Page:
Saturday, 16 June 2012

"The Vacant Interstellar Spaces"

Poul Anderson's Brain Wave is noteworthy for its galactic connection and its change to human nature. (See posts earlier this month.) What it did not need was the interstellar travel that became a major feature of Anderson's later science fiction. Human beings express their freedom and maintain their dynamism simply by traversing interstellar distances.

In Brain Wave, the reasoning is:

the premise of the novel is a sudden significant increase in global intelligence levels;
it follows that many people will learn about science for the first time and that many already working in the sciences will make new theoretical and technological discoveries very quickly;
these will include the very rapid building and launching of a fleet of faster than light spacecraft (powered by a psi field, which ties in with the increase in mental abilities).

People of enhanced intelligence fly these starships through atmosphere and galaxy and land them anywhere on the ground more readily than you or I drive and park a car. In a matter of months, they have observed fourteen inhabited extra-solar planets, discovering, e.g., tailed barbarians, centaurs with local interplanetary flight and three species of hydrogen breathers on a single giant planet, and even measuring their intelligence levels. Before long, all the enhanced human beings bequeath Earth to former morons and imbeciles, whose intelligence has now risen to the former norm, and go off to become a guiding presence for lesser intelligences throughout the universe, while now linguistically able dogs and chimpanzees cooperate with the former morons on Earth. An improbable scenario, especially since a more important topic for a novel would have been the intellectual control of instinct that, we are told, results from the increase in intelligence. (One character makes a good critique of the cultural specificity of IQ tests.)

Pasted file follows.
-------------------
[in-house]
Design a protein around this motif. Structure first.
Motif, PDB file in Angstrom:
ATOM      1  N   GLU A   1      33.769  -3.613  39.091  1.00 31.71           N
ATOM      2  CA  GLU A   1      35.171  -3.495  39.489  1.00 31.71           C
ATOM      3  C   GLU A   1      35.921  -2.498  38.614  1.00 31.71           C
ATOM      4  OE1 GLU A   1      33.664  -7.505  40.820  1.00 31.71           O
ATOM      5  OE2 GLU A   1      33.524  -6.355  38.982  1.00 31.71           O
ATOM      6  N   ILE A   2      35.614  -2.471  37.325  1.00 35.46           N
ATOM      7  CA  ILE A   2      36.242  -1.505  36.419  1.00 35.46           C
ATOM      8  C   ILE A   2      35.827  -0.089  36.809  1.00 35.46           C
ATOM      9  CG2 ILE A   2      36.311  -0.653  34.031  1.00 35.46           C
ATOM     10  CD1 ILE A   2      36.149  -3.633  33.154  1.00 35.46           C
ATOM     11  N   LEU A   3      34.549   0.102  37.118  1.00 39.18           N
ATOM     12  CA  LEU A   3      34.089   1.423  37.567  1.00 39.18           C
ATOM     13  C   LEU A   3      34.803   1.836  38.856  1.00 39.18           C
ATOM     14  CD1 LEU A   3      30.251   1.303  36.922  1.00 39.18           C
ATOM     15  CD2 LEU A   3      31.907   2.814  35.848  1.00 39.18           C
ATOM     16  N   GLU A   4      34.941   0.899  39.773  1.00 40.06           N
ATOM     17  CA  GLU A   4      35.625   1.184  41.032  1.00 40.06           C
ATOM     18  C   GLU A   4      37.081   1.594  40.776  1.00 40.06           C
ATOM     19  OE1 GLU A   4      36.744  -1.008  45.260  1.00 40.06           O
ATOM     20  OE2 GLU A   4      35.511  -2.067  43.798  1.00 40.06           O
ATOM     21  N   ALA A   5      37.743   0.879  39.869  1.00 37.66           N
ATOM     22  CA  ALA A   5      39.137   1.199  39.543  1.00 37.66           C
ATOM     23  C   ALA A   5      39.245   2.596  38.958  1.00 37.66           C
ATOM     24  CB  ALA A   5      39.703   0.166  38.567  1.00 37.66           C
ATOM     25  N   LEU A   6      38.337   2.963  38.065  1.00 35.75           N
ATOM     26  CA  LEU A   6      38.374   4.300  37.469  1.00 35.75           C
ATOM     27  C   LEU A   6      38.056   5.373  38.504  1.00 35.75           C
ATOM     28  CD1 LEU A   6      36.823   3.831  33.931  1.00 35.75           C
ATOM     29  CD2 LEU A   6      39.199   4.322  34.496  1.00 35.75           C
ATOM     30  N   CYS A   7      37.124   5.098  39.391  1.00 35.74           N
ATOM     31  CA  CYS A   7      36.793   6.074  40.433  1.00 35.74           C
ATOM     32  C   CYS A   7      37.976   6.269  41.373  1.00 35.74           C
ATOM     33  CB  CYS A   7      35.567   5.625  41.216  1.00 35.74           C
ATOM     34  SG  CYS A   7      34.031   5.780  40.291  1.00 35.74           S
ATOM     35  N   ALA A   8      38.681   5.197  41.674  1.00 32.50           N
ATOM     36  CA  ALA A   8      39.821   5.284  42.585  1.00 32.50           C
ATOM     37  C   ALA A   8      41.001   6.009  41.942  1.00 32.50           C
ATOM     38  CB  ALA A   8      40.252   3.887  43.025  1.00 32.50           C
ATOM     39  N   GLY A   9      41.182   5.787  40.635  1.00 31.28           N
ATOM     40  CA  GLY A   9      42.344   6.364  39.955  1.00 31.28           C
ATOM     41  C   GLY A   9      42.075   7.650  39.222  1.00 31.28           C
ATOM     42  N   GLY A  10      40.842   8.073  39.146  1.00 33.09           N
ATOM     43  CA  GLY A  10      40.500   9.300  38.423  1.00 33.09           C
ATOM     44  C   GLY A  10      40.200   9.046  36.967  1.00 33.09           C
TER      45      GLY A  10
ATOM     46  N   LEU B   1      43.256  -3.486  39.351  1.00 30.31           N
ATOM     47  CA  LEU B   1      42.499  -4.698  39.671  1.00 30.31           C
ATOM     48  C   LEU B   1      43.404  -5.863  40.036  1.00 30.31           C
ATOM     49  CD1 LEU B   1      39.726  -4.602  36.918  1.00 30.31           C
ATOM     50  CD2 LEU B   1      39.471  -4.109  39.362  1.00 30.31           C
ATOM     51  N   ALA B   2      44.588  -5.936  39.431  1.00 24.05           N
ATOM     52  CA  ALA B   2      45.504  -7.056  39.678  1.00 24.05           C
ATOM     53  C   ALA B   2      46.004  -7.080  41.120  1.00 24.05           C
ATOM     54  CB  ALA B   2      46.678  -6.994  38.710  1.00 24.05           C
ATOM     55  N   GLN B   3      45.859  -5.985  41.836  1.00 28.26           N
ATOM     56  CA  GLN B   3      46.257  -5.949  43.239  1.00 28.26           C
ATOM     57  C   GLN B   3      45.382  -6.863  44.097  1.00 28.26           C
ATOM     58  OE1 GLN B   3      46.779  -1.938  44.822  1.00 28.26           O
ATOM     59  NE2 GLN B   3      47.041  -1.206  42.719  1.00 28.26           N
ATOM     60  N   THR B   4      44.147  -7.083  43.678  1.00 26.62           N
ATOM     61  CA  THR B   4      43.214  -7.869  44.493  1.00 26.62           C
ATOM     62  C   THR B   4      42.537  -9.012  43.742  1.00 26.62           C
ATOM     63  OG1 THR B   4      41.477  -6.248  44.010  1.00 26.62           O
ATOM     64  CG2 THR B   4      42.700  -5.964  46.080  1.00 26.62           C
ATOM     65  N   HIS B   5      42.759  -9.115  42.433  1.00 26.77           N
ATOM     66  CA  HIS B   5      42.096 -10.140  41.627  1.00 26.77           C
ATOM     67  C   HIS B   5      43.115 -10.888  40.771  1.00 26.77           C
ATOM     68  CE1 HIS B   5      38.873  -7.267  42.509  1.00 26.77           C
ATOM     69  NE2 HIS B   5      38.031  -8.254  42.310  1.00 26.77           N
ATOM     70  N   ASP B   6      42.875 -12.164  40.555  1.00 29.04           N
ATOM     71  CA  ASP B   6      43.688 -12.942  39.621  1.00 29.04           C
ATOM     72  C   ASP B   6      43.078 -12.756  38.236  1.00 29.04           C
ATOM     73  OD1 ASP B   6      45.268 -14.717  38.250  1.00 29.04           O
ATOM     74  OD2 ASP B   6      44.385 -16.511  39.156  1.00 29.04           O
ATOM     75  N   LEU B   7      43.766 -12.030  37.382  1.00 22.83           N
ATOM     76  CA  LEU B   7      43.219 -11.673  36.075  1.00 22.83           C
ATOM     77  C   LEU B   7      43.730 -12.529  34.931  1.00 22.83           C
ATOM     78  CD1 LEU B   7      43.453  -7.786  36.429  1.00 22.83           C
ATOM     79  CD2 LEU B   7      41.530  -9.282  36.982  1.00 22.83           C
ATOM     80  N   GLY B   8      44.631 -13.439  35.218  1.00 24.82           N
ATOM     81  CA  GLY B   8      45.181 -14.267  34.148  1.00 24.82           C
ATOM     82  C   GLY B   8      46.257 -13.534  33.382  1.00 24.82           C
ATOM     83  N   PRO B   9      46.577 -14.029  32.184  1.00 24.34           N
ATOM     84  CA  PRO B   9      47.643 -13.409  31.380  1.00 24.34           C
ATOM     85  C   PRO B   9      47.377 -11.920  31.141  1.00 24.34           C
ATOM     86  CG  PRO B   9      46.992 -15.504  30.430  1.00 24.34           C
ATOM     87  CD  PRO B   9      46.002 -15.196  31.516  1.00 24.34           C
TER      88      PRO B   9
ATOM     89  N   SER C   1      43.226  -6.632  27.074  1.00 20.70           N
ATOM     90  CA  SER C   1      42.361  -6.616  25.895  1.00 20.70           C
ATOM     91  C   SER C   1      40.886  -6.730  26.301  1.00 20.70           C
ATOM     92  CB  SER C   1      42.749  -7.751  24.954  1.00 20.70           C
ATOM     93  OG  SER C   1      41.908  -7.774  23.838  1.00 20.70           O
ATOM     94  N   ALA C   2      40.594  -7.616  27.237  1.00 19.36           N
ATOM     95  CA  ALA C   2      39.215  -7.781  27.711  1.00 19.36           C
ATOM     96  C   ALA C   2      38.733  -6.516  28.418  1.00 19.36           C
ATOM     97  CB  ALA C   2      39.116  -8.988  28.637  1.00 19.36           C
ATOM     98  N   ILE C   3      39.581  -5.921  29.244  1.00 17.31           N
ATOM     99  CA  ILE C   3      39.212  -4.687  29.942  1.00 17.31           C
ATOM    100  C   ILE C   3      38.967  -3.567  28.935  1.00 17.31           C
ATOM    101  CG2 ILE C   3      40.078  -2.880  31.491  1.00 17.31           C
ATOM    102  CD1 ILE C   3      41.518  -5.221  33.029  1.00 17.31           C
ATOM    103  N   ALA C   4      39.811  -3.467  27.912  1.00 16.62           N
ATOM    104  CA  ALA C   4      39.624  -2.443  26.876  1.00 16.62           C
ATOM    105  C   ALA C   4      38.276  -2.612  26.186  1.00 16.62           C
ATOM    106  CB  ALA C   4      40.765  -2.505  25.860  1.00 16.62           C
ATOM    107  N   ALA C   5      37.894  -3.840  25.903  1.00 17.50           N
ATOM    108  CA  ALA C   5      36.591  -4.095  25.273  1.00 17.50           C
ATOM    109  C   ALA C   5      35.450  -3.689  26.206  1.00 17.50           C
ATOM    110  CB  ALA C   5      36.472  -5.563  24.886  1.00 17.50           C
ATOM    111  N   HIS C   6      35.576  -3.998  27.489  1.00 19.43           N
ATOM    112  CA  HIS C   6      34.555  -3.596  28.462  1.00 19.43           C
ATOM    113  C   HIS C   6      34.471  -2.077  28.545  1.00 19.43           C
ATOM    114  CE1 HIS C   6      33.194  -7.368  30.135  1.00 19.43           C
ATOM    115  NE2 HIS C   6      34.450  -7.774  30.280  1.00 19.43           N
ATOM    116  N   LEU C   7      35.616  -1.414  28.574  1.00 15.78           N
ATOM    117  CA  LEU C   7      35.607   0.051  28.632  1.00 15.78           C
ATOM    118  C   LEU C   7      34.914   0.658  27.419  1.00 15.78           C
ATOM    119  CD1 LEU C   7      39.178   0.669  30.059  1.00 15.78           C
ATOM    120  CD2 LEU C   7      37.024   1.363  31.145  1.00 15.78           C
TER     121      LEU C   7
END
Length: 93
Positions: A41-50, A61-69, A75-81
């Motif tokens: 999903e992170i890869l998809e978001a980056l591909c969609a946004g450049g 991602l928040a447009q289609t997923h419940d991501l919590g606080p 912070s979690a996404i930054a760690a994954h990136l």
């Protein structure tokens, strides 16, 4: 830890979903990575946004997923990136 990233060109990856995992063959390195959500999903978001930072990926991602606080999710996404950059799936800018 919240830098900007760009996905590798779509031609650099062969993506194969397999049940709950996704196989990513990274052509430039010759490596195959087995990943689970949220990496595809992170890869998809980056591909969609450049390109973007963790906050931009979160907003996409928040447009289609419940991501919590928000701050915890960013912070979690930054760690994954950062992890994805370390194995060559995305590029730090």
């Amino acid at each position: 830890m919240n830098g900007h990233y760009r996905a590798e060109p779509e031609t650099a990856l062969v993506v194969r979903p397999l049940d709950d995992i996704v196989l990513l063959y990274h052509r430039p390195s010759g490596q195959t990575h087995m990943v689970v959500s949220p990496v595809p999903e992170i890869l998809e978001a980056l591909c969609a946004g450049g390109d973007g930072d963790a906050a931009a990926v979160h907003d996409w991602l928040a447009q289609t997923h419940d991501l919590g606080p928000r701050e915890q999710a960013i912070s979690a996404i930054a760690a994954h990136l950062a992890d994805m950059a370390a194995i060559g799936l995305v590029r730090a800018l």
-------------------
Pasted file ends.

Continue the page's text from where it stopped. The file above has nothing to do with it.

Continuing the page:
The later Anderson would have acknowledged that, even if intelligence were increased, the laws of physics might not grant us the freedom of the universe as easily as that. And I would expect the enhanced intelligences to retain different interests and purposes, some of them remaining on or near Earth.

In Anderson's later novels, Orbit Unlimited, The Boat Of A Million Years and Harvest Of Stars, groups that are thwarted or stifled at home assert their freedom by departing at sub-light speeds to colonise extrasolar planets. If, in our future, such voyages become both possible and necessary, then they are to be encouraged but, meanwhile, freedom is to be found on Earth and in the Solar System. I do agree that, for long term racial survival, we need to get off Earth:

first, an asteroid defence system;
then, solar-powered, self-sustaining habitats;
next, exploration of the outer planets and the Oort Cloud.

To survive there, we will need to take our environment with us and therefore will not be dependent on finding any (improbable) uninhabited but habitable planets further away.  

No comments: